Depending on the damage, either the part will need replacing or your whole Lifestraw pitcher. If the leak is in the filter housing, for instance, you can buy just a replacement filter housing without needing to replace the entire pitcher.

With your replacement part ready, follow these steps:

  1. Wash your hands thoroughly so you don’t transfer dirt or contaminants from your hands to the pitcher
  2. Prepare a clean workspace. Preferably a well-lit area close to a sink.
  3. Disassemble the pitcher and remove the broken housing area. Check the other parts of the pitcher for cracks, leaks, and any other faults.
  4. Replace the broken housing area with the new one. Make sure the replacement is properly seated and aligned according to LifeStraw’s instructions (included with the replacement part).
  5. As you reassemble the pitcher, rinse all the parts with clean water. You can clean them with a little soap, if you want, but remember not to let soap into the filter itself.
  6. If the old element is disposable, follow your local regulations for proper disposal. Some elements may be recyclable in your area, but not others. 

4. Unseated filter

If your Lifestraw pitcher isn’t working, it could be that the filter isn’t seated properly in the housing area. This can also cause water to leak around the filter and drip down the sides of the filter housing area, along with any contaminants in your water.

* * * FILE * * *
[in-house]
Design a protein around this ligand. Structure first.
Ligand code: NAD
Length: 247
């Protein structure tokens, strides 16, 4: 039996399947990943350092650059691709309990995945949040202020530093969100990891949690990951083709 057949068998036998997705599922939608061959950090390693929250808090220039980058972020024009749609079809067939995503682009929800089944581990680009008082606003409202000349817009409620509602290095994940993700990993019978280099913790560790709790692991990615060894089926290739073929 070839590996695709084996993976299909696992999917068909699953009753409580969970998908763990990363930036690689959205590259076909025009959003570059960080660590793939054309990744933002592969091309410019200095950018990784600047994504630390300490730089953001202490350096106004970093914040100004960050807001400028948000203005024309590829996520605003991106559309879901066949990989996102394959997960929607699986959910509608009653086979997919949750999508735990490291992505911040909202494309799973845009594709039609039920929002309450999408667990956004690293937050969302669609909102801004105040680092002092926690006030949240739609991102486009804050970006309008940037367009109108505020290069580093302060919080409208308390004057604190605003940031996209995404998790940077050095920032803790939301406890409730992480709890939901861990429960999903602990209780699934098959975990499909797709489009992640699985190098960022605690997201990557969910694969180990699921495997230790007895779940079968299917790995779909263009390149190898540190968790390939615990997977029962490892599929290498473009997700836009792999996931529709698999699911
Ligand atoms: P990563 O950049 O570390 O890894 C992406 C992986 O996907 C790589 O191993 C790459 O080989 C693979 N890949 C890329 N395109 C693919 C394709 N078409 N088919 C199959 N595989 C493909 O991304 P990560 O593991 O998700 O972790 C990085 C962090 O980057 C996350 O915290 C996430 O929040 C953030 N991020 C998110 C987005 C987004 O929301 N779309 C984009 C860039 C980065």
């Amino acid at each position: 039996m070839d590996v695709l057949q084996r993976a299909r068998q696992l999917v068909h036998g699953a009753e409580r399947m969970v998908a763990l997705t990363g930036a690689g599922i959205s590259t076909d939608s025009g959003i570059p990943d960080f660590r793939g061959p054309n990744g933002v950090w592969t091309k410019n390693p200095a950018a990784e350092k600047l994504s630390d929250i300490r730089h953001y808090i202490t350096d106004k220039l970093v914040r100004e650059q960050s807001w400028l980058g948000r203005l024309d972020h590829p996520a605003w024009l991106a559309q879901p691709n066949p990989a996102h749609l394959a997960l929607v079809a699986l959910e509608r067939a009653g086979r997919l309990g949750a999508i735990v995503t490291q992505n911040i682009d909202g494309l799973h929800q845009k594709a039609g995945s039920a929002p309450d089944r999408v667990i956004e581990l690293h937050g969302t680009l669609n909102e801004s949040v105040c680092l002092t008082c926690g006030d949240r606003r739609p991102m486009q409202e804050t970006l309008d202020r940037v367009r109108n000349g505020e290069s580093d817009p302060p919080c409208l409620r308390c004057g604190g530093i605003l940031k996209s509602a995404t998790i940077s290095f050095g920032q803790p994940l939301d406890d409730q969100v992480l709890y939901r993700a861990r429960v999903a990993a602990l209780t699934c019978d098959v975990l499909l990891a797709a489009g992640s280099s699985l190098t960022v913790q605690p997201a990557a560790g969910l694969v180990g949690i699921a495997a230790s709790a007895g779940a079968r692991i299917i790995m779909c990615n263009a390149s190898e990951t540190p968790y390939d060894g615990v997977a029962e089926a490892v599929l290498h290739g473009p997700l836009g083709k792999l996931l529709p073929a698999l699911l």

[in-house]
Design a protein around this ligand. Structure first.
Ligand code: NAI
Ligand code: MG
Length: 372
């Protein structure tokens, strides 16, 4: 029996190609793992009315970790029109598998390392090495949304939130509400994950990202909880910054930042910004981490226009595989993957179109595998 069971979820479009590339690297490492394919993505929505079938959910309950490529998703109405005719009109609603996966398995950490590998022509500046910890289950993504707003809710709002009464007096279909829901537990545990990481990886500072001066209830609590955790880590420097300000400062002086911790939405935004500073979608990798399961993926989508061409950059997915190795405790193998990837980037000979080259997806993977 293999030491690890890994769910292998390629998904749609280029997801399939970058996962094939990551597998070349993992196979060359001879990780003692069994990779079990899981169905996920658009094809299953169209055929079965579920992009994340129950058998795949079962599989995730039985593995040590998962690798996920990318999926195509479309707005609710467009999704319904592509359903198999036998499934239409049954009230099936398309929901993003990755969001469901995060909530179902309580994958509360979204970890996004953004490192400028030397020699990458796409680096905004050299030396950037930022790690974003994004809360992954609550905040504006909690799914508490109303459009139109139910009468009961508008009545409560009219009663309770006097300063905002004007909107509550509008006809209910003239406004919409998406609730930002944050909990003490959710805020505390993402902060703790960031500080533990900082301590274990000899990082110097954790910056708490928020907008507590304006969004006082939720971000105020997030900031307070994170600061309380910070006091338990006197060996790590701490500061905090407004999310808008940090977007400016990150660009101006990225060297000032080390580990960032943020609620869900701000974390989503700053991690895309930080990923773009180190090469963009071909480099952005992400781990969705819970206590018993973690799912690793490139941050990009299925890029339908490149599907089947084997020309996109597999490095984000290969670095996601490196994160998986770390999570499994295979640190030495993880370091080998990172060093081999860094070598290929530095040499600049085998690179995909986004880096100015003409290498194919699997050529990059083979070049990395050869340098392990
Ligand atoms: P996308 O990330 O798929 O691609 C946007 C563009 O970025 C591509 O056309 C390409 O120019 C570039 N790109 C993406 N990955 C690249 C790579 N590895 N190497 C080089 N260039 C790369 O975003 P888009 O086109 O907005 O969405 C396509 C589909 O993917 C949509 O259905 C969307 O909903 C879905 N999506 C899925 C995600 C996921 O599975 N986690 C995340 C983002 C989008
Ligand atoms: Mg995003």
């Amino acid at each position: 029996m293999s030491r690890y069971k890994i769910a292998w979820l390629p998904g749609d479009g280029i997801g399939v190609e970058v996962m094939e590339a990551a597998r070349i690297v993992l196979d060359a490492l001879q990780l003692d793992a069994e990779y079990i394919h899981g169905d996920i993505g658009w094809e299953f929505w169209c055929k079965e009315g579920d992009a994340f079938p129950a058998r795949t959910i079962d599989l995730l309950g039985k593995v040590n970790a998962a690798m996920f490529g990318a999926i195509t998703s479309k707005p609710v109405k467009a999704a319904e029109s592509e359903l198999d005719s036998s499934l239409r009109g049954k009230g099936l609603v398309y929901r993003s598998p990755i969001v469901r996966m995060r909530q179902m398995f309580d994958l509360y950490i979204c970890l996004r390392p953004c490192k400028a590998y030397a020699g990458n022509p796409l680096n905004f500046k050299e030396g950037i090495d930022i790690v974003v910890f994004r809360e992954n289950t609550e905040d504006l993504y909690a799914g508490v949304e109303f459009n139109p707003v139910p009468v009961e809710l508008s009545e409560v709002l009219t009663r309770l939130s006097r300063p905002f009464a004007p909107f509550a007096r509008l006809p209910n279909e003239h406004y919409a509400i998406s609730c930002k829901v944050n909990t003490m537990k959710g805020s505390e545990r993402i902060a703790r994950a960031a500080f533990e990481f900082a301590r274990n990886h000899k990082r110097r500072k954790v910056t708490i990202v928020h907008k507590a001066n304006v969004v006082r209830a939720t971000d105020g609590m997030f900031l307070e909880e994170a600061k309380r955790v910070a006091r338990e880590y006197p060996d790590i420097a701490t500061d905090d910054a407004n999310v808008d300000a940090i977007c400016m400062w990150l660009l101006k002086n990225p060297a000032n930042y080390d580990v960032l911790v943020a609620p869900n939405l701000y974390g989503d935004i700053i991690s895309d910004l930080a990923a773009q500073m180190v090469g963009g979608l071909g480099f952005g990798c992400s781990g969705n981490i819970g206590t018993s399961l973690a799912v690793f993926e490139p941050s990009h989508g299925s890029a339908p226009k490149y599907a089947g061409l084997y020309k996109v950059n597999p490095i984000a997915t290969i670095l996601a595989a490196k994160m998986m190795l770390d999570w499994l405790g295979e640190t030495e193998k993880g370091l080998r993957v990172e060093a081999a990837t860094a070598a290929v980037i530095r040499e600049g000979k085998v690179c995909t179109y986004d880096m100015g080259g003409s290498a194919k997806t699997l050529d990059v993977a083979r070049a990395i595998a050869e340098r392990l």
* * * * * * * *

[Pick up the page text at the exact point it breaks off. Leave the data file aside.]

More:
How to Fix this Problem

To fix this issue, follow these steps:

  1. If the filter isn’t properly seated, remove the filter cap and remove the activated carbon filter.
  2. Rinse the cap and filter with clean water to dislodge any dirt or debris that may be getting in the way of a proper seal.
  3. Place the filter into the filter cap – not directly on the filter housing. The black ring should be facing upwards, parallel to the ring on the cap itself.
  4. Before re-inserting the cap, press the edges of the Membrane Microfilter firmly to make sure it is seated properly.
  5. Fix the cap back in place at the bottom of the filter housing. Push the cap in completely, and make sure it is well seated with no part of the black ring showing.
  6. Check that the easy-fill lid is well seated in the filter housing
  7. Insert the filter housing into the pitcher. The spouts of the housing and the filter should align.

Before drinking the filtered water, rinse out the entire system by filling it up with water and discarding this batch of water once it has been filtered.

Note: Carefully read and follow the manufacturer’s instructions while you’re setting up the system. After installation, check for any leaks around the filter compartment or other parts of the pitcher before drinking the water

Russell Singleton

Russell has a Bachelor of Science (Environmental and Marine Geoscience) with Class I Honors. He is currently completing his doctorate in science and is passionate about all earth processes, especially isotope geochemistry and paleohydrology.